|About the Book|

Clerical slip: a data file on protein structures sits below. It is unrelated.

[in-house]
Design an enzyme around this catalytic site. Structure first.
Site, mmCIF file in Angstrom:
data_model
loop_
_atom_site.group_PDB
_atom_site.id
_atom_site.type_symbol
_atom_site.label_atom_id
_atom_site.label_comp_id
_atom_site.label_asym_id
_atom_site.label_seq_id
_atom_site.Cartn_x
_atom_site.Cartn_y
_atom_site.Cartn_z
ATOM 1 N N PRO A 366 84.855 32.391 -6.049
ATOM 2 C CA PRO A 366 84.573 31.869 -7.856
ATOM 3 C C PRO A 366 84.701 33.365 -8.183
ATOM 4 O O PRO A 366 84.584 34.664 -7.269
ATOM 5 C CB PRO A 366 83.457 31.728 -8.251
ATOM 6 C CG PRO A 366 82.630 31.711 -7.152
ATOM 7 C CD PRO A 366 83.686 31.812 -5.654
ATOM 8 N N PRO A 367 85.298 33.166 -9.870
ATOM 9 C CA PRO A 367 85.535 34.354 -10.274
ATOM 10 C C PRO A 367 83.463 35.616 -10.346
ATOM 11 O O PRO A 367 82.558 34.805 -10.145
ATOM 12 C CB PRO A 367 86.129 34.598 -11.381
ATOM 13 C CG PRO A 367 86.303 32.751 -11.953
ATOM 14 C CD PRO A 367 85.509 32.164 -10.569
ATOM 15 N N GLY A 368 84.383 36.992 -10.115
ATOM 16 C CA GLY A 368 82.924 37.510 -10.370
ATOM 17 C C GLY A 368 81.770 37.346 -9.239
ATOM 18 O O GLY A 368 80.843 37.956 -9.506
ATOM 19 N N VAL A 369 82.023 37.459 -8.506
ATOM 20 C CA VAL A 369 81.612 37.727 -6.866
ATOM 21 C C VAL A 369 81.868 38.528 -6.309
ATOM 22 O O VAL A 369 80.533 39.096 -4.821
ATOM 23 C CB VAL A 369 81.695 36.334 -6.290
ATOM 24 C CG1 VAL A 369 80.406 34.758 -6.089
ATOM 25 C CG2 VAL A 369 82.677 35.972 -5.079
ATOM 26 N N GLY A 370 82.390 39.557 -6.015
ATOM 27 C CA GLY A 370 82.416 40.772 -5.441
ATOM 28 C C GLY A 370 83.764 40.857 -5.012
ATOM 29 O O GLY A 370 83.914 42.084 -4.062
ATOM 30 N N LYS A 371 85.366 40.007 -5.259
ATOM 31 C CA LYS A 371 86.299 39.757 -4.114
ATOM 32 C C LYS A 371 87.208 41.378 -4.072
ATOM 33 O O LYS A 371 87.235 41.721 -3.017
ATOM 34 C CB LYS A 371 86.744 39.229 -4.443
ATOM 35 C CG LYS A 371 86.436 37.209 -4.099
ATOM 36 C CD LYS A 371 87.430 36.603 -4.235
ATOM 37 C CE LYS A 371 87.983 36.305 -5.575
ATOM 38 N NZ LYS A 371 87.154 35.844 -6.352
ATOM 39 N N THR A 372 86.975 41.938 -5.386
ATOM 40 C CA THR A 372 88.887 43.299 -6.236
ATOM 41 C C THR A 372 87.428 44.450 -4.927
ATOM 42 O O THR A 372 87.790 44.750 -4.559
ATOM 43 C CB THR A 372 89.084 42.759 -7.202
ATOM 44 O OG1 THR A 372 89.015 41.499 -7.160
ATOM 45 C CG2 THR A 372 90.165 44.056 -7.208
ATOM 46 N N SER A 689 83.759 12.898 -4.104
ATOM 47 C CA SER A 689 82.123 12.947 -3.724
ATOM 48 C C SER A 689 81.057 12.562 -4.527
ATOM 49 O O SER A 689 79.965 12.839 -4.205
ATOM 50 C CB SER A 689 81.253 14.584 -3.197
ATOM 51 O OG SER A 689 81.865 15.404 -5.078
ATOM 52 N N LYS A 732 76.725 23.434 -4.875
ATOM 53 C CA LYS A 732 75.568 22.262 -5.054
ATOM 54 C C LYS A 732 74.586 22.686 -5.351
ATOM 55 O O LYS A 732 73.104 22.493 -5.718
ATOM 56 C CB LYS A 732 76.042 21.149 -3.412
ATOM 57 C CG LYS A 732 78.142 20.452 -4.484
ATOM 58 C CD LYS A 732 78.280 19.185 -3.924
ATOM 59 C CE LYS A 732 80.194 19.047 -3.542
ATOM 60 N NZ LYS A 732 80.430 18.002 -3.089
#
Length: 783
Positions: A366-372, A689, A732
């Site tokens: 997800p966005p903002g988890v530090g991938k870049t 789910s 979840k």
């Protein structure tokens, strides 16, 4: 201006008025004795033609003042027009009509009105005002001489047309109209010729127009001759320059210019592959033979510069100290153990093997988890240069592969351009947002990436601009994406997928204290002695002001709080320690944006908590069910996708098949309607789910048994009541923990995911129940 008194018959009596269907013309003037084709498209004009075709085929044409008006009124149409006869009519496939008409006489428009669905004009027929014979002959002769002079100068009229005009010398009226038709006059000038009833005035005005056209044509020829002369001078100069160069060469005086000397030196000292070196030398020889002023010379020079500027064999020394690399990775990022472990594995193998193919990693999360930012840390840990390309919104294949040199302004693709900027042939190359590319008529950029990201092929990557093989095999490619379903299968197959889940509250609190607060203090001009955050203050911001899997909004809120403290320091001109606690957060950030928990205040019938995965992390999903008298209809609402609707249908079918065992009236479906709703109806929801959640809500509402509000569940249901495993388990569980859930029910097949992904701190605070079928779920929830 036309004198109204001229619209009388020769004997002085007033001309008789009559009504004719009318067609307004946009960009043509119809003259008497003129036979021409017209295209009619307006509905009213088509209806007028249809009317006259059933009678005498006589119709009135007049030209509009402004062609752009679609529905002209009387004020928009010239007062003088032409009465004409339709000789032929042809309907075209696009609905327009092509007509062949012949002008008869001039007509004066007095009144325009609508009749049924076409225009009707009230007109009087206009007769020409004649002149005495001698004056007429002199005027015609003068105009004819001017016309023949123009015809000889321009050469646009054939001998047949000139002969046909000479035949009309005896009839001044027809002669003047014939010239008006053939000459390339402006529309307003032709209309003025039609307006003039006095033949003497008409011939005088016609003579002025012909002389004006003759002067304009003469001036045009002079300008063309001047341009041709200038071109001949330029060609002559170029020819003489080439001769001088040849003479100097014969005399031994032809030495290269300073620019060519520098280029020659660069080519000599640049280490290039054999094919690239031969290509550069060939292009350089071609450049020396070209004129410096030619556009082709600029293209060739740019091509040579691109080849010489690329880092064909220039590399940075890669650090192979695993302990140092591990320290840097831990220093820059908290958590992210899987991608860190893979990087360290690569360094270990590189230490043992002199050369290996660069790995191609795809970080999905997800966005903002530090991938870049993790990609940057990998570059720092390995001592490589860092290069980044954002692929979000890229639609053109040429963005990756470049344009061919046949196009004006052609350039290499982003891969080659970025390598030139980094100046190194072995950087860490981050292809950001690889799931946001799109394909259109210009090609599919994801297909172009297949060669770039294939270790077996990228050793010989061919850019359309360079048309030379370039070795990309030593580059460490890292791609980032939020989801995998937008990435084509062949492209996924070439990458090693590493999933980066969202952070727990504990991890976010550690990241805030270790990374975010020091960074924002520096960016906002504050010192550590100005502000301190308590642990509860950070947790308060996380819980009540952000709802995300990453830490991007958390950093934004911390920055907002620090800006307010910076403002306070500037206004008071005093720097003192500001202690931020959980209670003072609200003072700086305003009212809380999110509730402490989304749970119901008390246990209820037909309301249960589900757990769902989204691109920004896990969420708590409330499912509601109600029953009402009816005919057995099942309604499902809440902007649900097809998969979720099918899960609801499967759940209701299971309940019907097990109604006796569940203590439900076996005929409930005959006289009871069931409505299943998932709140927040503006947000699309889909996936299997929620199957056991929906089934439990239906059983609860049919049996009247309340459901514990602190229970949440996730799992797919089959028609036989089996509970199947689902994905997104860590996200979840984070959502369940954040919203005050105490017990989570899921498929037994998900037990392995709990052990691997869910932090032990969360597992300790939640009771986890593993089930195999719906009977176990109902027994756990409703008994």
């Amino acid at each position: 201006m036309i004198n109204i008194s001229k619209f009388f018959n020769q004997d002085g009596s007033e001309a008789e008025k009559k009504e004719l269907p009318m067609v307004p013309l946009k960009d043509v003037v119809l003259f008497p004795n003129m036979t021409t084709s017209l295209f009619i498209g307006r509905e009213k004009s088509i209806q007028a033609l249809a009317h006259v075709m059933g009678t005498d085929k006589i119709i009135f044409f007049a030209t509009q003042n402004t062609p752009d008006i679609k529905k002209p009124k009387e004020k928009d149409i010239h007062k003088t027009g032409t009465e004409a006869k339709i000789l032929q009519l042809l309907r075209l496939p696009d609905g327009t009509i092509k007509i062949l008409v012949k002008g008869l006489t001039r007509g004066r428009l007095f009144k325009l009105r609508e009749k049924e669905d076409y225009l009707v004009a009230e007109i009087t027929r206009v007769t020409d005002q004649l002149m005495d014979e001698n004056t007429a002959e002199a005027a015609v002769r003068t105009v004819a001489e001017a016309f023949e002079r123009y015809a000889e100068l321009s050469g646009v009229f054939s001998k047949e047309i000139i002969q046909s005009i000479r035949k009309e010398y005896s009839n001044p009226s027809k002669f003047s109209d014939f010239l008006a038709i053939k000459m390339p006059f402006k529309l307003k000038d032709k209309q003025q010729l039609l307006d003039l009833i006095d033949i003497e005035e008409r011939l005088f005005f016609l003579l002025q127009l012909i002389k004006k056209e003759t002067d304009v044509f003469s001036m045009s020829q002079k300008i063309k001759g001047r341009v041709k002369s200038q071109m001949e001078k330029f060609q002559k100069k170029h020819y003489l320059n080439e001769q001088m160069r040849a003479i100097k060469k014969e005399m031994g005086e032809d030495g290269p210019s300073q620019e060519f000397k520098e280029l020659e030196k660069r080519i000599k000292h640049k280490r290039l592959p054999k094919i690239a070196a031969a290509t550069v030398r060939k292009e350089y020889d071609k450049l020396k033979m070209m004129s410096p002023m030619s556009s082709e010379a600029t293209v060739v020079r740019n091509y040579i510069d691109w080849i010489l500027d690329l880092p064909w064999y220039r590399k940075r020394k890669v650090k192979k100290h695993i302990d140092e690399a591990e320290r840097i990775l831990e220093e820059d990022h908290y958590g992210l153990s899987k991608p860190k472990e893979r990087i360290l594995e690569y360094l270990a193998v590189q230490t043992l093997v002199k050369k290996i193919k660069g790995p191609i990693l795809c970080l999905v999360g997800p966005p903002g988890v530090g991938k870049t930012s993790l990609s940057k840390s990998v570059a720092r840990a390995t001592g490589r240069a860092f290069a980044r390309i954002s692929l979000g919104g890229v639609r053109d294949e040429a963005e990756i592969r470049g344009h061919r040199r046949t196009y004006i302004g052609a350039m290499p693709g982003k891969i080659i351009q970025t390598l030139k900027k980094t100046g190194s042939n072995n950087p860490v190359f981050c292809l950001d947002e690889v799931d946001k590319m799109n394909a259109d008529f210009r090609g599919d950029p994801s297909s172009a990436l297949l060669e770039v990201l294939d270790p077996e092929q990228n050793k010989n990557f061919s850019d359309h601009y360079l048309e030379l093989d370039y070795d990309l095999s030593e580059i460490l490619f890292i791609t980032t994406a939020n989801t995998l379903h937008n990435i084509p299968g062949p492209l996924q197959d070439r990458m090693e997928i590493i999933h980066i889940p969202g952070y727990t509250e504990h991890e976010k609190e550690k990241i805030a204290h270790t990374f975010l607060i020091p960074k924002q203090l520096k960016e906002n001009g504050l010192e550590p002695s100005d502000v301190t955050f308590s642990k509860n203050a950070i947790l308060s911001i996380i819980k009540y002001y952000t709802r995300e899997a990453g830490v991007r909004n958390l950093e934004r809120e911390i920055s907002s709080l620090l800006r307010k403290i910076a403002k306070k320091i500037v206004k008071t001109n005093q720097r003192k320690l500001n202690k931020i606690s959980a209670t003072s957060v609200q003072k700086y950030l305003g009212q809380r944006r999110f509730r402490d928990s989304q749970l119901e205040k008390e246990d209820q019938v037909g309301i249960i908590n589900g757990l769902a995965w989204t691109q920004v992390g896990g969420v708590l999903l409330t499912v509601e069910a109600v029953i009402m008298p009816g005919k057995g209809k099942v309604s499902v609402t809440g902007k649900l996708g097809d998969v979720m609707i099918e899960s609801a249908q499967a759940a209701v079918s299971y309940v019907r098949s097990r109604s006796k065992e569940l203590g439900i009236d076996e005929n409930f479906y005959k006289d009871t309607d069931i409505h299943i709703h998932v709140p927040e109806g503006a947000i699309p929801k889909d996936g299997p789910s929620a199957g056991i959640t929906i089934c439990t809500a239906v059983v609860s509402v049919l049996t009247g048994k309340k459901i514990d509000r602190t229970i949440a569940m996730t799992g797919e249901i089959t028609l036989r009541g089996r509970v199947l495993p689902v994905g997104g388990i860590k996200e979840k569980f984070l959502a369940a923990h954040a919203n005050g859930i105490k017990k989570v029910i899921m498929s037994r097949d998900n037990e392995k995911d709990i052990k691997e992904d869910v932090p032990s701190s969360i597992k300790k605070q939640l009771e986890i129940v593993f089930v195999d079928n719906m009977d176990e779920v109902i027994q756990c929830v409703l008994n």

The Monster Men by Edgar Rice Burroughs. A Classic Science Fiction Novel. The Monster Men is a 1913 science fiction novel written by Edgar Rice Burroughs under the working title Number Thirteen. It first appeared in print under the title of A ManMoreThe Monster Men by Edgar Rice Burroughs. A Classic Science Fiction Novel. The Monster Men is a 1913 science fiction novel written by Edgar Rice Burroughs under the working title Number Thirteen. It first appeared in print under the title of A Man Without a Soul in the November, 1913 All-Story Magazine, and was first published in book form in hardcover by A. C. McClurg in March, 1929 under the present title. It has been reissued a number of times since by various publishers. The first paperback edition was issued by Ace Books in February 1963. Cornell University professor Arthur Maxon, who has been experimenting in the creation of artificial life, travels with his daughter Virginia to one of the remote Pamarung Islands in the East Indies to pursue his project. Their departure is noted with interest by a young man, Townsend J. Harper, Jr., who is quite taken with Virginia and determines to find out where they are going. In Singapore, Maxon commissions Dr. Carl von Horn to take them the remainder of the way to their destination in his yacht the Ithaca, and then to assist him in his experiments. On the island the group fights off a pirate attack and builds a fort. Maxon and von Horn begin their experiments, growing several living creatures in chemical vats, humanoid but mindless and ugly. Maxon hopes Experiment Number Thirteen will result in a perfect human being, and in his fanatic obsession plans to wed Virginia to this ultimate creation. Von Horn retains a more realistic viewpoint and hopes to marry her himself, leading to friction. Meanwhile, locals including Budadreen, one of von Horns crewmen, and Muda Saffir, leader of the pirates, conspire against the scientists, who they believe are hiding treasure. They are watched closely by Chinese cook Sing Lee, who recognizes the pirate. Experiment Number Thirteen indeed appears to result in a physically perfect man, but as soon as the scientists discover this an emergency distracts them. Experiment Number One has escaped and abducted Virginia. Maxon, von Horn and Sing Lee pursue the monster, only to find it dead at the hands of Number Thirteen, also escaped from the lab in the wake of the scientists departure. Thinking Virginia still in danger, von Horn attacks the creature and is nearly killed himself, but is spared by Thirteen when Virginia pleads for his life. Ignorant of the handsome strangers origin, the girl finds herself attracted to him. Maxon and von Horn return Thirteen to the lab and begin educating him. Von Horn privately discloses to Virginia Maxons plan to wed her to one of his creatures, while concealing it is her rescuer to whom she is to be wed. Separately, he informs Thirteen of his artificial origin. Both recipients of his confidences are horrified. Thirteen, or Jack, as he is now called, is convinced that he is a soulless monster and that Maxon must be stopped.